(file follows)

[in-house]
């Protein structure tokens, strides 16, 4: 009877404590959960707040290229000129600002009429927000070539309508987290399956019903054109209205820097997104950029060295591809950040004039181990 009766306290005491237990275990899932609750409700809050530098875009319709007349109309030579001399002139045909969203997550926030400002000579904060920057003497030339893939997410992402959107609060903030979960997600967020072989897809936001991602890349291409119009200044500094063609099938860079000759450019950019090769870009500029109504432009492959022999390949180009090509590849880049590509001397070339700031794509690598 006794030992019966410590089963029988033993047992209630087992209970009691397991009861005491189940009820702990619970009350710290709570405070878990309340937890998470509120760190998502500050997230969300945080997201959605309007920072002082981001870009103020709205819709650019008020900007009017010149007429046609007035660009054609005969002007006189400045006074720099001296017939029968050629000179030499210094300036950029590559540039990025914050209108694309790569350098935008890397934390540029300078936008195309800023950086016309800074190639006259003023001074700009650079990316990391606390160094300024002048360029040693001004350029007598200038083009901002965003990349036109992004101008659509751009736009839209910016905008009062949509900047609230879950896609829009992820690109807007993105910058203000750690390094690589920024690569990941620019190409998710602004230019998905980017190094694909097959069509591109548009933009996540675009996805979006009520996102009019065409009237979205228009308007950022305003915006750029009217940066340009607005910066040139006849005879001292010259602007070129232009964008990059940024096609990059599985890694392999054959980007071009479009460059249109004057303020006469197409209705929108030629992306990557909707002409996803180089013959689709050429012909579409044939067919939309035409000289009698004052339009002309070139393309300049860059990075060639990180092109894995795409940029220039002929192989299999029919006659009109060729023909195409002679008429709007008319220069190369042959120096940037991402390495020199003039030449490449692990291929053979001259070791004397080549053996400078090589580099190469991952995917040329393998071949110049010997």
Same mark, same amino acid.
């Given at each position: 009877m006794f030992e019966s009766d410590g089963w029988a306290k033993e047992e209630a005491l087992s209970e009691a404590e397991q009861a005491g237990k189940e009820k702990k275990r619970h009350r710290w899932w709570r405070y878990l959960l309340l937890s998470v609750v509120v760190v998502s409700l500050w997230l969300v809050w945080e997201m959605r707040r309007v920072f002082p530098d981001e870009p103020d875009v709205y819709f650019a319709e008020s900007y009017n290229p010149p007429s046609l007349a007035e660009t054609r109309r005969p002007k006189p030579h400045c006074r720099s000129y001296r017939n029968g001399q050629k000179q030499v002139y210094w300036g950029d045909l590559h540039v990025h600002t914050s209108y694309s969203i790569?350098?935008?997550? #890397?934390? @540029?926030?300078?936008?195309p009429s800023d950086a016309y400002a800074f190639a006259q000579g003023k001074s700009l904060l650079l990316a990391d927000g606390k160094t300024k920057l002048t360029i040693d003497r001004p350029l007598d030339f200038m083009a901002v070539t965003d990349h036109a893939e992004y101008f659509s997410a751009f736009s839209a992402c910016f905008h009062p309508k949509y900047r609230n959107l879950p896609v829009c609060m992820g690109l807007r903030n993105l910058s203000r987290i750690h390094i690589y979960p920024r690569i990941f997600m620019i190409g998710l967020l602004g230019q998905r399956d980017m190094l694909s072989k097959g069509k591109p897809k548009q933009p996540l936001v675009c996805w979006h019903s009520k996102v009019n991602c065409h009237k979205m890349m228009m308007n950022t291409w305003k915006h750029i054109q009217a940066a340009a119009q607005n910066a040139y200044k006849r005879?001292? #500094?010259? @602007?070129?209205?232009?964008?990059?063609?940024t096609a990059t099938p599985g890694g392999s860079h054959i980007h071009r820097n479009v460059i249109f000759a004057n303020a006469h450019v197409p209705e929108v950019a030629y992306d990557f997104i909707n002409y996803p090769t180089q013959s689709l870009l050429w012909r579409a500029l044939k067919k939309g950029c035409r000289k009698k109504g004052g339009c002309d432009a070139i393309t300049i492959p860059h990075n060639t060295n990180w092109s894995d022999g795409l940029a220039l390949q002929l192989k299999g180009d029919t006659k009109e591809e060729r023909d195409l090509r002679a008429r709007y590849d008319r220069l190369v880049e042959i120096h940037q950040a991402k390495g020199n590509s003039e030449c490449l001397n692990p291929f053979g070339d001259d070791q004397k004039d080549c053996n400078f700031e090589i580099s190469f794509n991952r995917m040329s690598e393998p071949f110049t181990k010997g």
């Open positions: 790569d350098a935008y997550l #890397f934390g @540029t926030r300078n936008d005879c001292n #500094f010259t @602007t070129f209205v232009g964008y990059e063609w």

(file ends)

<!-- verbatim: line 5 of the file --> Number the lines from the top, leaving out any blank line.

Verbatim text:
């Open positions: 790569d350098a935008y997550l #890397f934390g @540029t926030r300078n936008d005879c001292n #500094f010259t @602007t070129f209205v232009g964008y990059e063609w």